Katherine gets a jump on John Glenn’s trajectory as a result of her desire and diligence. It is not a surprise that this genius calculates the exact Go/No-go for the orbital mission of John Glenn. In the movie, Glenn wants Al Harrison to get Katherine, “the smart one” to confirm the numbers before the launch. The exact conversation has happened in reality, even though it was not in the last moment as in the movie. Glenn became the first American to reach orbit and is acknowledged to this date. Anyhow, the mathematical genius behind the mission was hidden until recent times.

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It’s not because we wear skirts…

Amidst all these scenarios at NASA, widowed Katherine meets Jim Johnson, who later becomes her second husband. However, at their first meeting, Johnson puts a wrong foot down and finds it hard to believe that women are handling calculations at NASA to which unimpressed Katherine rattles,

I will have you know, I was the first Negro female student at West Virginia University graduate school. On any given day, I analyze the manometer levels for air displacement, friction, and velocity. And compute over ten thousand calculations by cosine, square root, and lately analytic geometry. By hand. There are twenty, bright, highly capable Negro women in the west computing group, and we’re proud to be doing our part for the country. So yes, they let women do some things at NASA, Mr Johnson. And it’s not because we wear skirts. It’s because we wear glasses. Have a good day!

Katherine Goble Johnson in “Hidden Figures” (2017)

This particular conversation sheds more light on the uproaring male ego and how underestimating the men of the 20th century were about women and their capabilities. A complex discipline like mathematics used to be a men’s domain where no women were allowed unless their extraordinary skills seldomly made it inside.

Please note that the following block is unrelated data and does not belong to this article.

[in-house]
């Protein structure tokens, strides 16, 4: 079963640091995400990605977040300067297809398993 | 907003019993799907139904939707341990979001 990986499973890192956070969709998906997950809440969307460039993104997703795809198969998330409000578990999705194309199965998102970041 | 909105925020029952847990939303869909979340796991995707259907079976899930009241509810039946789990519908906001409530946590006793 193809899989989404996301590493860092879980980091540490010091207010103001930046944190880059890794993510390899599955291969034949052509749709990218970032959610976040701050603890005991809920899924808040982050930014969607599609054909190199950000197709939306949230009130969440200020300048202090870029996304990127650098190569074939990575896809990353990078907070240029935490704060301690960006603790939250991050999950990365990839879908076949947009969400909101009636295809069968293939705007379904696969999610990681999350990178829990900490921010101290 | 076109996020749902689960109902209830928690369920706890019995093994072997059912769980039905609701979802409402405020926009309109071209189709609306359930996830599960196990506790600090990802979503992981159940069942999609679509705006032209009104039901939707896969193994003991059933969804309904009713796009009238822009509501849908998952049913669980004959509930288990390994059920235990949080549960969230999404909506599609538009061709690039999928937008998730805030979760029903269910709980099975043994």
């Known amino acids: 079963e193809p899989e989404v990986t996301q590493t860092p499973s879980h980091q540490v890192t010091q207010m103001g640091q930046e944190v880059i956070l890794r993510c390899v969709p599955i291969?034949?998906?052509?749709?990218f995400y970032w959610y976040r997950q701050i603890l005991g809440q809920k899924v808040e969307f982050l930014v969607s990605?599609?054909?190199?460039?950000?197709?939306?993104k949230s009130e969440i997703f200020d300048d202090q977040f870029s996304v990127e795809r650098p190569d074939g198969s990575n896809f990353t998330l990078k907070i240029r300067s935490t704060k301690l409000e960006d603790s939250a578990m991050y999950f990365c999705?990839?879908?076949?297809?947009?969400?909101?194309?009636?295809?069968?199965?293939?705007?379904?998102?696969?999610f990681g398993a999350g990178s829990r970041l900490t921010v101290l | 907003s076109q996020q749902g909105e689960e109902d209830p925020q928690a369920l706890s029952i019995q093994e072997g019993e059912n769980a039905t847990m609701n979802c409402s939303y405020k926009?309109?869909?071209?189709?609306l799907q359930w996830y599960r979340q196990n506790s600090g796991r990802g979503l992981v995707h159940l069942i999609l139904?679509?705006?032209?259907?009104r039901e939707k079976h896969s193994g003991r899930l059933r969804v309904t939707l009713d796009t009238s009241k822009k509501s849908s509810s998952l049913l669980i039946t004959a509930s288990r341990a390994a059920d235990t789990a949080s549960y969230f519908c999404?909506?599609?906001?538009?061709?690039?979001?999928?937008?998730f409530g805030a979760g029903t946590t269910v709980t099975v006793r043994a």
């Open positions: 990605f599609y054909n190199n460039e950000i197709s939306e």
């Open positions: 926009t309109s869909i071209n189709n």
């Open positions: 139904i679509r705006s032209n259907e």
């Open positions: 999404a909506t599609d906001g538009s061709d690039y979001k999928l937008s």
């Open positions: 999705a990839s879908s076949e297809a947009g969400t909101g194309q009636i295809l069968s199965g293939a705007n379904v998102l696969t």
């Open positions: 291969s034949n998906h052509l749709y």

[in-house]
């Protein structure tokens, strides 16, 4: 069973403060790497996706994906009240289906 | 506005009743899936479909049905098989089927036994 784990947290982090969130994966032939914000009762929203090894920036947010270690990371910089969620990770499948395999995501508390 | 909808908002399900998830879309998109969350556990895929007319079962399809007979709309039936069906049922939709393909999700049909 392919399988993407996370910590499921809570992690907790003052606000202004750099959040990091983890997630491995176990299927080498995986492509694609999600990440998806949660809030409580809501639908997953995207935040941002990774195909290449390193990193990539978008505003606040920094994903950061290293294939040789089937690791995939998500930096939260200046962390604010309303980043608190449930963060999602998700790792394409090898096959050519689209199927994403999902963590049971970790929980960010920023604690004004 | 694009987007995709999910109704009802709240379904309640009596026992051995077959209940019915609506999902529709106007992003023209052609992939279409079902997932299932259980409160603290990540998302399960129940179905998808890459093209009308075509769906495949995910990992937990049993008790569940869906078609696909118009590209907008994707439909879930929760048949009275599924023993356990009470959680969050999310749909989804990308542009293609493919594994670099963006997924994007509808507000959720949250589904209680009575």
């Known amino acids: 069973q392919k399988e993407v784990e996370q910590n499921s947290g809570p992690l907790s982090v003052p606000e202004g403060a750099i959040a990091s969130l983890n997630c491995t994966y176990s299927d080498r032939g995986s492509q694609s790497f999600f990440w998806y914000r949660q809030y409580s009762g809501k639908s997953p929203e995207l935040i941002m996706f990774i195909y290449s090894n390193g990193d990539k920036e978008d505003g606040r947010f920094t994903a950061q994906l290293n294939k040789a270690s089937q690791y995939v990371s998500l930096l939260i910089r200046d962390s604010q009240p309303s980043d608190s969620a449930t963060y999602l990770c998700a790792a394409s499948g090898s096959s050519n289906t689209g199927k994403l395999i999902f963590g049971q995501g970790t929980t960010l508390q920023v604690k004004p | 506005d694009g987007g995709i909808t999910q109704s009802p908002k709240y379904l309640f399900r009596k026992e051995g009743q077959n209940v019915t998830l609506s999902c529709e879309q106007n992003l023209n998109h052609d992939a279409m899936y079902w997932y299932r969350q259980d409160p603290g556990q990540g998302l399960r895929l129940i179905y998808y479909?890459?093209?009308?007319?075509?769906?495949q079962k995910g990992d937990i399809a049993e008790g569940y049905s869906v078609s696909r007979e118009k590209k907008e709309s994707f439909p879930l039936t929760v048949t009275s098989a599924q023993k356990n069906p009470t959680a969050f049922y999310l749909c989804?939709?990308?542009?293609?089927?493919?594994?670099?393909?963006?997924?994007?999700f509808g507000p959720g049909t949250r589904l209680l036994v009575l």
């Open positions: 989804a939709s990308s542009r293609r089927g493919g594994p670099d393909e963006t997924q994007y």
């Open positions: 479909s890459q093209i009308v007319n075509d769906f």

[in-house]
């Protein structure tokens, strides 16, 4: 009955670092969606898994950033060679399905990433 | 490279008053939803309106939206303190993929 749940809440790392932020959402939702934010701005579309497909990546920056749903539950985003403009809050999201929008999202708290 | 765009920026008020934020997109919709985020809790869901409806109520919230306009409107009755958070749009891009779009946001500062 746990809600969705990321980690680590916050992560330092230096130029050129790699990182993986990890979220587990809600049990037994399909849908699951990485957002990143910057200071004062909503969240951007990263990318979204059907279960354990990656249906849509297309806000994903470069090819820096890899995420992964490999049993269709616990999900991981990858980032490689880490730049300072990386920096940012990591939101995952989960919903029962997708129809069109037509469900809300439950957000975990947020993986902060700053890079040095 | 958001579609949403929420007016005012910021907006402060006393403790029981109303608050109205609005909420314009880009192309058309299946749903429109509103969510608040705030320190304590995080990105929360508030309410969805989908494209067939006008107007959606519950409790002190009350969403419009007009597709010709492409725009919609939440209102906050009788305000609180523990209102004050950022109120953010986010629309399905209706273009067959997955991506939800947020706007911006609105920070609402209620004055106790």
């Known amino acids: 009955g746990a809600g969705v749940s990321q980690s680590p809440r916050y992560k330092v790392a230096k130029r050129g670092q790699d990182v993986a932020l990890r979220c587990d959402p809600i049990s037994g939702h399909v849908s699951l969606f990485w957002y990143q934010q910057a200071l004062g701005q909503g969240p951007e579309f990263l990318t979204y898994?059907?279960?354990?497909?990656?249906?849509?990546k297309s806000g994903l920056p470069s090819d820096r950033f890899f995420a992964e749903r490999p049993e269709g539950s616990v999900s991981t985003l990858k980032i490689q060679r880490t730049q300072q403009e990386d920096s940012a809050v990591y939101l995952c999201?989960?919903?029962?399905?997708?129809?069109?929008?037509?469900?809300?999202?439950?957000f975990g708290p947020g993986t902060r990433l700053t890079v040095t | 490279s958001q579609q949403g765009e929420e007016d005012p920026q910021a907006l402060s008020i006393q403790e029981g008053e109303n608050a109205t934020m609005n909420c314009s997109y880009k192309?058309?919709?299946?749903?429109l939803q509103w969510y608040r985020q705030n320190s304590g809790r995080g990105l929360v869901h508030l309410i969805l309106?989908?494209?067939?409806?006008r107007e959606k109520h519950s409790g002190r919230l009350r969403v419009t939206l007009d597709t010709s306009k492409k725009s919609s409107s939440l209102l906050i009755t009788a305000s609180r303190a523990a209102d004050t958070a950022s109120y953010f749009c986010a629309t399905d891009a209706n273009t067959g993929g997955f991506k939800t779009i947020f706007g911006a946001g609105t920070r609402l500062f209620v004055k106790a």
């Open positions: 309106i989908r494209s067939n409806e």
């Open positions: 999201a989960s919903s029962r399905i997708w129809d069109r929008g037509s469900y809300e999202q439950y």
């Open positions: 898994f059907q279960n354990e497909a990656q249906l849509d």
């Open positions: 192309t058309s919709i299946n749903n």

Katherine G. Johnson continued calculating trajectories, launching windows and the return paths for many famous space flights afterward, such as Project Mercury 1969’s Apollo 11 (first flight to the Moon) and the Space Shuttle program (plans for a mission to Mars) in her real life. She lived a long life of 101 years (August 1918 – February 2020) and received the Presidential Medal of Freedom from President Obama. In 2018, NASA stepped up to name a computational facility at Langley after Katherine Johnson. She was fortunate enough to witness this very movie “Hidden Figures” and to receive a standing ovation at the Academy Awards 2017.

Mary Jackson: The Visionary Engineer

Karl Zielinksi: Let me ask you, if you were a white male, would you wish to be an engineer?
Mary Jackson: I wouldn’t have to. I’d already be one.

Mary Jackson is a witted mathematician with a vision of an engineer. But, alas! she is not a he, and on top of that, she belongs to the African-American community. When she finally decides to apply to the engineering program heeding to Mr. Z, a requirement for advanced extension courses through the University of Virginia or the Hampton High school (both segregated institutions) pops up.

“Every time we get a chance to get ahead they move the finish line. Every time.”

This strong-willed woman does not give up that easily, though. She seeks justice from courts even if her husband surmises that civil rights are not always civil. She is well prepared, reaches the judge, and relates the story to his situation delineating the consequence of being a first.

I plan on being an engineer at NASA, but I can’t do that without taking them classes at that all-white high school, and I can’t change the color of my skin. So I have no choice, but to be the first, which I can’t do without you, sir. Your honor, out of all the cases you gonna hear today, which one is gonna matter a hundred years from now? Which one is gonna make you the first?

Mary Jackson in “Hidden Figures” (2017)

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The night school professor at Hampton High School states the lamest statement in the entire movie.

Nightschool Professor: Well the curriculum is not designed for teaching a woman.
Mary Jackson: I imagine it’s the same as teaching a man.

Apparently, in the 20th century, even the curricula have had a gender!

In the long run, Mary Jackson became the first black female engineer at NASA. In 2020, even years after her demise in 2005, NASA’s headquarters in Washington was named in Mary Jackson’s honor.

Dorothy Vaughan: The Epitome of Leadership